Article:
The Anchor River and Deep Creek will close to king salmon fishing through July 15 starting Saturday. Too few kings are coming back to the Anchor to justify a sportfishery there, according to the Alaska Department of Fish and Game.
As of Wednesday, 166 king salmon had passed the sonar on the Anchor River. That’s less than even last year, when the run just barely met the lower end of its sustainable escapement goal. Fish and Game’s projections show that fewer than 2,000 kings may return to the river this season, just over half the lower end of the escapement goal.
Fishing for kings in marine waters is closed within a mile of shore along the entire eastern side of the peninsula as well, from Bluff Point north.
Mike Booz, the area management biologist for sportfish on the lower peninsula, said the managers are pretty sure that the run is going to come in small as well as late. The Anchor River’s king salmon run has been coming in later and later for the past few years. Last year, its peak was in the first week of July.
“The midpoint of the Anchor River king salmon run was in the first week in July, extremely late,” Booz said. “These fish are really having some odd, unprecedented run timing and behavior. We know this run isn’t going to be strong enough to support harvest opportunity.”
He said the dealbreaker for king salmon opportunities on the Anchor this year as the clearing of water conditions. Clearer water makes it easier to fish, and with so few kings coming in, it could be too much harvest pressure. The emergency order closes Deep Creek king salmon fishing as well. That’s in part because of the lack of inseason tracking data on the kings in that system, which means Fish and Game has to be more conservative in managing it.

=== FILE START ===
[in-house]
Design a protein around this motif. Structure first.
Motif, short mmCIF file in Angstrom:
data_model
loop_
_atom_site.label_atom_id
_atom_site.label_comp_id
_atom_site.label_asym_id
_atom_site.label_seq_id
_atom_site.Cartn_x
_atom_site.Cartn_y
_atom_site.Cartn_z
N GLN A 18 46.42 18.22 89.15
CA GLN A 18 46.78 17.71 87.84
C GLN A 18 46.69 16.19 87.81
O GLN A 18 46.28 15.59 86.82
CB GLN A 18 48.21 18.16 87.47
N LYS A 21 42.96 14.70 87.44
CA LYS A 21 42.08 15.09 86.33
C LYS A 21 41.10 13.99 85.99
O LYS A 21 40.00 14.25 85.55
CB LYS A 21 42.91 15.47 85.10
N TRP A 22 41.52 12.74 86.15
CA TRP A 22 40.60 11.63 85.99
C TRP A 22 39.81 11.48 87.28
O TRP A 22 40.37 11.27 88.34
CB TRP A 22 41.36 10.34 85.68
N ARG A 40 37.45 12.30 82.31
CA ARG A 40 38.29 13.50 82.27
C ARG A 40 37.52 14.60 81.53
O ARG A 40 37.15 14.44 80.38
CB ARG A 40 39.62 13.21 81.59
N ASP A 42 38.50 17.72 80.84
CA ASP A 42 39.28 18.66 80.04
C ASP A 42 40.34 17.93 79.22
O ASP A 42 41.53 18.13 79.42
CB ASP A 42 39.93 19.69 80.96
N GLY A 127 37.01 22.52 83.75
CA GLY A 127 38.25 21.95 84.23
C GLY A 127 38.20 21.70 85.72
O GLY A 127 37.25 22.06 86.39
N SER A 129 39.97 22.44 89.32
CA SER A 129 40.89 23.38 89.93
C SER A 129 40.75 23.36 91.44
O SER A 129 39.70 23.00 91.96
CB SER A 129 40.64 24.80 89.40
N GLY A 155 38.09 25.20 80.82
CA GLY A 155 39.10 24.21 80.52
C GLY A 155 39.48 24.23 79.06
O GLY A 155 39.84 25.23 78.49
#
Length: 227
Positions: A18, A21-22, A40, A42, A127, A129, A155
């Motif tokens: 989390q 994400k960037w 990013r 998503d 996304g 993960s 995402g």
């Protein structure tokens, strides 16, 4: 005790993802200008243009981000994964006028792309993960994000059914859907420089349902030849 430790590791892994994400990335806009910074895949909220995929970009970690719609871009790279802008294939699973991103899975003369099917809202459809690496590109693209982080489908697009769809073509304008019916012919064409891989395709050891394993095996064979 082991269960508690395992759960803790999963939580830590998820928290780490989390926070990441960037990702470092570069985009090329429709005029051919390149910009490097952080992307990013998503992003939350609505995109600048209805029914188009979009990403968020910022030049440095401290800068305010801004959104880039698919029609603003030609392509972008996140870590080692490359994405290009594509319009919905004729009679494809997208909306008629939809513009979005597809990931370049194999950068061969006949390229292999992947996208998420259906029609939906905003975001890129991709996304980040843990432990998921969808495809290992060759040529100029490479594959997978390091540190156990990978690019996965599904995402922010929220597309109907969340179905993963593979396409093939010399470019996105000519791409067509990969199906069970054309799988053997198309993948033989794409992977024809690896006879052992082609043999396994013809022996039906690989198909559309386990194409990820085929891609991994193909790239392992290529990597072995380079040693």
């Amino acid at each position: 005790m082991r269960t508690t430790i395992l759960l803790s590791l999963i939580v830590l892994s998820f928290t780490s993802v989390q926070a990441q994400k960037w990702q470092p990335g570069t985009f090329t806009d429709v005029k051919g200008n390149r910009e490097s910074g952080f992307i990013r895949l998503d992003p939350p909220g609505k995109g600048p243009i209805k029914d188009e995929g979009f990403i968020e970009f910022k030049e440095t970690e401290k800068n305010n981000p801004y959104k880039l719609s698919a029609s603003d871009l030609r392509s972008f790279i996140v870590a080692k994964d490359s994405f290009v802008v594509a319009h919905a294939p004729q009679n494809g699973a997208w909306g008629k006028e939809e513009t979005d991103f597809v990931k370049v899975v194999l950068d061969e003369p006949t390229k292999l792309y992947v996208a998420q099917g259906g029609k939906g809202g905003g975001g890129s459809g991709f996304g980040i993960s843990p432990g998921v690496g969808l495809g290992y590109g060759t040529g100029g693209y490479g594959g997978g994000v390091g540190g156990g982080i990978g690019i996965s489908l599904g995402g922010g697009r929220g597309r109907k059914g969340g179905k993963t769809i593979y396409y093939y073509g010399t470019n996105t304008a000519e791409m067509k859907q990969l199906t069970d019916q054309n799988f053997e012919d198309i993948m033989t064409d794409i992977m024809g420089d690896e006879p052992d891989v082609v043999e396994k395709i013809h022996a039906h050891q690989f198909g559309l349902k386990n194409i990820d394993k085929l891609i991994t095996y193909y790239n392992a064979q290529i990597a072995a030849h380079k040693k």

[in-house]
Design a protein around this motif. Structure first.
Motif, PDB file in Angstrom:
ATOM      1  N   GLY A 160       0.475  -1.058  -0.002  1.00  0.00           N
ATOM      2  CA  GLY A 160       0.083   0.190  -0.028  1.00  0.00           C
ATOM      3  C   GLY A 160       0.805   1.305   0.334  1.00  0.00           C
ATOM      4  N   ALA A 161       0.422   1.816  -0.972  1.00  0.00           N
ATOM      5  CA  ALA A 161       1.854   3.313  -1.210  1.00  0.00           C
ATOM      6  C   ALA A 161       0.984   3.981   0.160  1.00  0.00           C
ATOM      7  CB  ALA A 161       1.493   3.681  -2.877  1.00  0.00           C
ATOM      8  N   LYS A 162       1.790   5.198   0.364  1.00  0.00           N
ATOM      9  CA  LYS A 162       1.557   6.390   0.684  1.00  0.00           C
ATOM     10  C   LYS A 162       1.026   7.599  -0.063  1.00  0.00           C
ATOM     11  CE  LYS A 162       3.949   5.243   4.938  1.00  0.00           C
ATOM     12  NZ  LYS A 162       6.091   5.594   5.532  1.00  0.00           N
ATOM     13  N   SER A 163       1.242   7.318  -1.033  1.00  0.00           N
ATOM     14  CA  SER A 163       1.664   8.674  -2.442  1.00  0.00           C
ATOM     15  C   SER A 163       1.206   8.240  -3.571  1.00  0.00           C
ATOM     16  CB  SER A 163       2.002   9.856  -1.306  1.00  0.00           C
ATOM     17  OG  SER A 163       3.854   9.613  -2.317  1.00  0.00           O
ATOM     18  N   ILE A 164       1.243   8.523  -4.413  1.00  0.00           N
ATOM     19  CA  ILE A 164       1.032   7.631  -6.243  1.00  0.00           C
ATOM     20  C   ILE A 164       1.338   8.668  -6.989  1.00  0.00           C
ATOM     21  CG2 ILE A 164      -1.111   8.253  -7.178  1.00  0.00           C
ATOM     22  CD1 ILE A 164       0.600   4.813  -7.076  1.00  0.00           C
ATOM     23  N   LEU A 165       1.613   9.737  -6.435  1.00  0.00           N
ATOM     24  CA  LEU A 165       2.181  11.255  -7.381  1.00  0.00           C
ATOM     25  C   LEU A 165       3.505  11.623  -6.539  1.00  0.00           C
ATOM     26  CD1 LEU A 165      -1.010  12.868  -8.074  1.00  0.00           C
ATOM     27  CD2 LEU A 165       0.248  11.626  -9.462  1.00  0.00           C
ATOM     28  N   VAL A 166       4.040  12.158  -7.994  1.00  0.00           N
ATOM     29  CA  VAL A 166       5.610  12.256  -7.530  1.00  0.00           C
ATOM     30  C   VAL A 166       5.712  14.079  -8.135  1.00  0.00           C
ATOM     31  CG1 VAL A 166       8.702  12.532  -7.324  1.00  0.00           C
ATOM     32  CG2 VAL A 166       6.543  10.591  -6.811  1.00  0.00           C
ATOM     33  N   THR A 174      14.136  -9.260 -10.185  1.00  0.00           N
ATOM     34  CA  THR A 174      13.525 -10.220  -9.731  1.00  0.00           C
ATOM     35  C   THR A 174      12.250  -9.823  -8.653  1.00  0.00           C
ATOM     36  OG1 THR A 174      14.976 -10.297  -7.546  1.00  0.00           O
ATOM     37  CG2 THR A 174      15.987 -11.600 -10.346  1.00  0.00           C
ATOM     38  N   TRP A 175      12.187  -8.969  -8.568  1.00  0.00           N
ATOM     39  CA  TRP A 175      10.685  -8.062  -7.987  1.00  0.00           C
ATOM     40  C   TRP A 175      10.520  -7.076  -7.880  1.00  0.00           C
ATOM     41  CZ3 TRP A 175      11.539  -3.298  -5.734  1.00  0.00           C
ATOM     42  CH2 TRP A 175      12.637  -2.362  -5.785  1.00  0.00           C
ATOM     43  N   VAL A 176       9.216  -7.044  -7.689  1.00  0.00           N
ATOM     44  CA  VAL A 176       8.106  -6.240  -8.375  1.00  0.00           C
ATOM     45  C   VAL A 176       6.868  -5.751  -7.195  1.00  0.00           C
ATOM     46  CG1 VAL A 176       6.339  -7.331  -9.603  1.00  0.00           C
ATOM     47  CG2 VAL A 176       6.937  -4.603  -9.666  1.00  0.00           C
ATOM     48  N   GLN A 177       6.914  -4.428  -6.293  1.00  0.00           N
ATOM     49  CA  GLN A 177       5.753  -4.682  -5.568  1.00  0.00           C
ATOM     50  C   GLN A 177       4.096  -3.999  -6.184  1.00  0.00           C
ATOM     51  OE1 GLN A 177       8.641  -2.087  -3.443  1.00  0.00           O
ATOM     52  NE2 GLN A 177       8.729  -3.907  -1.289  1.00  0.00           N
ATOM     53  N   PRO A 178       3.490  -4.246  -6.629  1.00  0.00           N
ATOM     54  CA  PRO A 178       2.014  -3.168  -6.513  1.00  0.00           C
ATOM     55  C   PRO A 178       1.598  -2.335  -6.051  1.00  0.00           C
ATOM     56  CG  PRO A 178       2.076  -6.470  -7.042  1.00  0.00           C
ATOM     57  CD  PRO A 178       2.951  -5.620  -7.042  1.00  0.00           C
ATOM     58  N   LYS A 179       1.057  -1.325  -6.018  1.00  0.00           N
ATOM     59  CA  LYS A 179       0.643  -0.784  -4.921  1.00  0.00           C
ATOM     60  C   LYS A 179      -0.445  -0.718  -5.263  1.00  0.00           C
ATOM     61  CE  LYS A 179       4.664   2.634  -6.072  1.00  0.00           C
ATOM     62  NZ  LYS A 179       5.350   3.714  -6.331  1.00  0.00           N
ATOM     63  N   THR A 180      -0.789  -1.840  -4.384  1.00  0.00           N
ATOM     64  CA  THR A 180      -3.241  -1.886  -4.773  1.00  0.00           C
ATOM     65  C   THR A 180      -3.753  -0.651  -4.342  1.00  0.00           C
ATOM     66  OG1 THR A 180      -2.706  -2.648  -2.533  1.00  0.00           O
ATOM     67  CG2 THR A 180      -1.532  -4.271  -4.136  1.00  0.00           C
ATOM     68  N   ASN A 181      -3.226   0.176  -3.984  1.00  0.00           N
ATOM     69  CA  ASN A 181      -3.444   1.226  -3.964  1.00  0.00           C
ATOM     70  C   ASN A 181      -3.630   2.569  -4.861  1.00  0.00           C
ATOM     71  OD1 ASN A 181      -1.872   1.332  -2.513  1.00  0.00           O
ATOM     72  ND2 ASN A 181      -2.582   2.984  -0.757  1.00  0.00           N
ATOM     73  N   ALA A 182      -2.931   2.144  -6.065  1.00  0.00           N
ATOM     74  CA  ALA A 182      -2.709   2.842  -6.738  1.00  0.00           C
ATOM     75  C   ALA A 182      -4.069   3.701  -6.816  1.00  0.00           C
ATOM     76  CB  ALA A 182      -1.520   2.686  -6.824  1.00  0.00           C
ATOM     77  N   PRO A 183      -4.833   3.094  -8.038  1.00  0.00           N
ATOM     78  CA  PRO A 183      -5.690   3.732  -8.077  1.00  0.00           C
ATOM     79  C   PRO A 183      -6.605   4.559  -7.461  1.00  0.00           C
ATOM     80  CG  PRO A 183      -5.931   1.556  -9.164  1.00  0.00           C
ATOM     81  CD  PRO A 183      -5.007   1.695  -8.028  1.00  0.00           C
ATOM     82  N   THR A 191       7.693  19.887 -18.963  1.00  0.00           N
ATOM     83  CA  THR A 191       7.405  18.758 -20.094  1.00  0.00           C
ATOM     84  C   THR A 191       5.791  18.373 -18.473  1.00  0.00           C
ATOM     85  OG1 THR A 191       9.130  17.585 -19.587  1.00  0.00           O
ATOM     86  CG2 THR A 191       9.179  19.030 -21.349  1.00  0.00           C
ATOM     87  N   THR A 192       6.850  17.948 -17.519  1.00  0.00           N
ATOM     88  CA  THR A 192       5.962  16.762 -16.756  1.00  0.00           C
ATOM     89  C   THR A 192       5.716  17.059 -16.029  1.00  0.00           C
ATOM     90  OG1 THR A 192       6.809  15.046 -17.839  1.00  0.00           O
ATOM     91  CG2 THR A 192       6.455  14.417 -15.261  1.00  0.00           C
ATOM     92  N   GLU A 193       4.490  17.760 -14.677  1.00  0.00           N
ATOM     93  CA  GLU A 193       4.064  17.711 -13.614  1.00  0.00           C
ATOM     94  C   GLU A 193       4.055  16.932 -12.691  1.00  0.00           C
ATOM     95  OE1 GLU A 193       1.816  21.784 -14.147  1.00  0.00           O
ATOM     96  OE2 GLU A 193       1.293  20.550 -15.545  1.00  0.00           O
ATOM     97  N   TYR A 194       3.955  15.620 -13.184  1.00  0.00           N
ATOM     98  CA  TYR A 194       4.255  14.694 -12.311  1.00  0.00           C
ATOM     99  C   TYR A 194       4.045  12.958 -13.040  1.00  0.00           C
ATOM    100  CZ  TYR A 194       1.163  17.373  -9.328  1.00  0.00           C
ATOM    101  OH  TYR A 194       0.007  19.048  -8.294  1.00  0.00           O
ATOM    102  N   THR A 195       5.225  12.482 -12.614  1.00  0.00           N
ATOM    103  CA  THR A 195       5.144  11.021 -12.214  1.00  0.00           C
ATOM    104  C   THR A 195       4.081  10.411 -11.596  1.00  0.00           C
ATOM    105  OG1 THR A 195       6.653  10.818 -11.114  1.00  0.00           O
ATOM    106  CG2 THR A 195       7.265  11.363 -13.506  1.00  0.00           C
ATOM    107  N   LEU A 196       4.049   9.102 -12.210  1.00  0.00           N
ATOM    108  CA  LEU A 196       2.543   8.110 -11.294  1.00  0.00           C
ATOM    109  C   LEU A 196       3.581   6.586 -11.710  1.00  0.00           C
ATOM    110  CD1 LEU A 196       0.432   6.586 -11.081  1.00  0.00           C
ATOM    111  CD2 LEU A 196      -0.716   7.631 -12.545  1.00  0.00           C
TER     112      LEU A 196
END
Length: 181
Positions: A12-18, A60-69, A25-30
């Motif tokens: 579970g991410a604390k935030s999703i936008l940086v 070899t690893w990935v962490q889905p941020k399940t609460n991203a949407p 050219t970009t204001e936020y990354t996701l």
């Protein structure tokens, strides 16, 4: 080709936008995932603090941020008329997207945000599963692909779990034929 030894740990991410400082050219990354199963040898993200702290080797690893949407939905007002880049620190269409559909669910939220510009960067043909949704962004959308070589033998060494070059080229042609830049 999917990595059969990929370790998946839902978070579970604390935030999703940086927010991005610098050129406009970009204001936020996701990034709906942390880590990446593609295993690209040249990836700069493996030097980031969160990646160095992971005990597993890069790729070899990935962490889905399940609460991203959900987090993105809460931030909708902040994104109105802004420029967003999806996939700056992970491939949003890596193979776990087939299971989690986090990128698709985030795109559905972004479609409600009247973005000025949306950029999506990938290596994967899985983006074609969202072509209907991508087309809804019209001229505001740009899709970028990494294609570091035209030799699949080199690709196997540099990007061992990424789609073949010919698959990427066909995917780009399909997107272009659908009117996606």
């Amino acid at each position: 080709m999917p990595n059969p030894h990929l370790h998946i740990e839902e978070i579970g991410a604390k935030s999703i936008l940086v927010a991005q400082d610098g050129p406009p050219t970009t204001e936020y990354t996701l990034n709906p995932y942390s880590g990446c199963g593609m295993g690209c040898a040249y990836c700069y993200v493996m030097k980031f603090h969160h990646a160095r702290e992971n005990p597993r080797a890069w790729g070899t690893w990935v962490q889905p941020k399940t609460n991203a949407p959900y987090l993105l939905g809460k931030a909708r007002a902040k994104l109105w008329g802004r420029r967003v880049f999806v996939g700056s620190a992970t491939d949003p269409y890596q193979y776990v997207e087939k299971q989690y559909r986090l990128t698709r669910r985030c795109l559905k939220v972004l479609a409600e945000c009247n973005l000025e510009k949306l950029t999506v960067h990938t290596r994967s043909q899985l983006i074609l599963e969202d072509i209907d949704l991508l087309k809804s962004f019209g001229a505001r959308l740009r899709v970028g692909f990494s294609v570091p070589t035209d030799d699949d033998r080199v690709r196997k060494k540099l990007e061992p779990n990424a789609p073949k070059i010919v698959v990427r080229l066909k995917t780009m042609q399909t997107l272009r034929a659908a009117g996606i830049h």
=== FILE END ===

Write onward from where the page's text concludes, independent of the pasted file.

On the other hand, the Ninilchik River seems to be doing fine. Booz said that river’s runs, both wild and hatchery, are coming in well.
“The Ninilchik has consistently met its escapement goal and has provided enough fish over the lower end of the goal for us to collect enough broodstock for us to backstock the Ninilchik with hatchery fish,” Booz said. “It’s a smaller run, obviously, so there may be some stability in that.”
This is the third run in four years that has come in below the goal for the Anchor River. Booz said the inseason management is working to help protect the stock on the river, but there are potential actions that Fish and Game could take with the Board of Fisheries in the future, such as moving the fishing season back to align more with run timing or designating the Anchor as a stock of concern to help with protecting the wild fish.
“The long-term discussion is try to figure out if the fishery should be readjusted to this progressing later run timing,” he said. “The Anchor opens the weekend before Memorial Day; there’s very few fish in the river at that point. Maybe potentially realigning the sportfishery season with the run timing that we’re seeing right now. Being patient with these fish— we’re being as conservative as we can be, but maybe that’s something to consider putting that into regulation.”
In the meantime, there are plenty of other king salmon sportfishing opportunities. In the Homer area, there are kings stocked into the Nick Dudiak Fishing Lagoon and the Seldovia Slough. The Kenai River king salmon early run is open to fishing as well, with no bait and no retention of fish 34 inches or larger.
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